The city doesn’t know yet exactly how much that income tax increase will bring in, and City Manager Randy Bridge said it looks like it will not be $500,000.
Right now, the city has budgeted $360,000 for deputies for 2016, which covers three full-time positions. Adding a fourth could bring the cost to nearly $400,000, depending on the years of service and benefit packages that the deputies who bid on the jobs have.
At a meeting last week, council agreed to discuss the idea of sharing a deputy with Bethel Township, which would bring the city closer to the goal of four deputies for less cost. Bethel Township Trustee Nancy Brown said she’d bring the topic up at their next meeting on Tuesday.
But several New Carlisle council members expressed their frustration at falling short of what they promised during the levy campaign.
“I think we have to deliver the equivalent of four deputies,” council member Richard Zsambok said. “We promised four and I think we need to keep our promise.”
Some members disagreed over whether the levy campaign had, in fact, specified a full four deputies would be restored with the slogan, “Return our deputies.”
“That meant four, not three, not bringing in extra duty. It’s four,” council member Ethan Reynolds said.
The council, and in turn the public, were misled by the previous administration to believe the levy would bring in enough to fully restore the patrols, Reynolds said.
So far, the city has only collected $36,000 from the additional 0.5 percent income tax. It may not be known until April how much the tax increase is actually generating, Bridge said.
Following the decision to add an additional patrol by the city council on Wednesday, Sheriff Gene Kelly announced on Friday that he has hired a new deputy who will begin work for the county next week.
Shane Groves, a Kenton Ridge and Clark State graduate, will be sworn in during a ceremony in the Raynor Room of the Clark County Sheriff’s Office at 10 a.m. Monday.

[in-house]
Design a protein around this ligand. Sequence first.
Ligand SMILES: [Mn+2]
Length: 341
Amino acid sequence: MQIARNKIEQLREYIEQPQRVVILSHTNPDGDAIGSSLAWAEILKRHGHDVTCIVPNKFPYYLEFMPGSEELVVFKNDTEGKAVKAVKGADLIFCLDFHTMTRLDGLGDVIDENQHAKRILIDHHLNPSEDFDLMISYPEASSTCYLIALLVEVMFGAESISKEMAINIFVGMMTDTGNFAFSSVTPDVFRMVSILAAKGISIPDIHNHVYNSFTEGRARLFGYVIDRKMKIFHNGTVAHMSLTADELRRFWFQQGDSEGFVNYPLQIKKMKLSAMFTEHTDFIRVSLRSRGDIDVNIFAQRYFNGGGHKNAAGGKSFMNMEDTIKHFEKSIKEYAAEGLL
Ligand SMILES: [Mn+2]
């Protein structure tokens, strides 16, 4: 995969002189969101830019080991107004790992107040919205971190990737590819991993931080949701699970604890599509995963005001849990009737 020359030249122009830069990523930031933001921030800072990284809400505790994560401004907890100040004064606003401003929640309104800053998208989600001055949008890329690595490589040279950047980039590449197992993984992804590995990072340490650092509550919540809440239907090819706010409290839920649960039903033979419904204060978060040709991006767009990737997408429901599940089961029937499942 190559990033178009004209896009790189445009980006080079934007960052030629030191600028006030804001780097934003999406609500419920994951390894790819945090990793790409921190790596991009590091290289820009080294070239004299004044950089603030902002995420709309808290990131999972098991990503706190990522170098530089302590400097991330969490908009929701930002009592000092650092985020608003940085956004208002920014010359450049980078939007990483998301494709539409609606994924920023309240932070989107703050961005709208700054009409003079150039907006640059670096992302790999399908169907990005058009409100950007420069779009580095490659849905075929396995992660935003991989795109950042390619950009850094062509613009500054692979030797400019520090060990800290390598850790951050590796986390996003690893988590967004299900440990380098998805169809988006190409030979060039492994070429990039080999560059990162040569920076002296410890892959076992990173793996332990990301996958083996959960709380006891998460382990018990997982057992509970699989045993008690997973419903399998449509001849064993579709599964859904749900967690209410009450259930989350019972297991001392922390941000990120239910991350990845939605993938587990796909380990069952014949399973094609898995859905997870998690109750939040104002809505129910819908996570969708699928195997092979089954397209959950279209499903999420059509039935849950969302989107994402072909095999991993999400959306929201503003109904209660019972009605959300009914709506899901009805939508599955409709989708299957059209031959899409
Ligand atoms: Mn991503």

Groves has served as a reserve deputy since August.
“During that short time his diligent work ethic and enthusiasm for this career were abundantly clear to all who worked with him,” a release from the sheriff’s department said.
Following the decrease in patrols, incident reports increased in New Carlisle during the first six months of the year. The city freed up some money to add overtime patrols until full-time positions could be returned.
The overtime hours have been working well to increase law enforcement visibility during peak hours without having to hire a full-time person, Mayor Lowell McGlothin said.
“I think the extra duty is the way to go,” he said.
But the sheriff’s office cautioned that relying on people to pick up the overtime shifts can be risky.
“That is not something we can ever order people do to,” said Chief Deputy Doyle Wright, who answered questions from council Wednesday.
His recommendation was to add a third deputy back immediately, and then look into options to get a fourth, including sharing with the township.
Visibility is the key to deterring crime, he said. So having an additional deputy who is visible in the city and the township will have an impact, especially since criminals don’t just operate in one place.
“You’re never going to be able to measure visibility,” Wright said, but it’s proven to work.
Council members also expressed concerns that sharing a deputy could lead to tension.
“We have to look at how much time is spent outside of New Carlisle,” Zsambok said.
If the city is paying for 50 percent of the deputy’s salary and he or she is only in the city 30 percent of the time, that would anger people, McGlothin said.
“I would rather see us have a full-time deputy,” Rick Lowery said.
The city will also reinstate its policy of letting its deputies drive their cruisers home. That was previously eliminated to save on fuel costs, but Bridge said as long as they live within a reasonable distance, he’d like to let them begin taking the cars home again.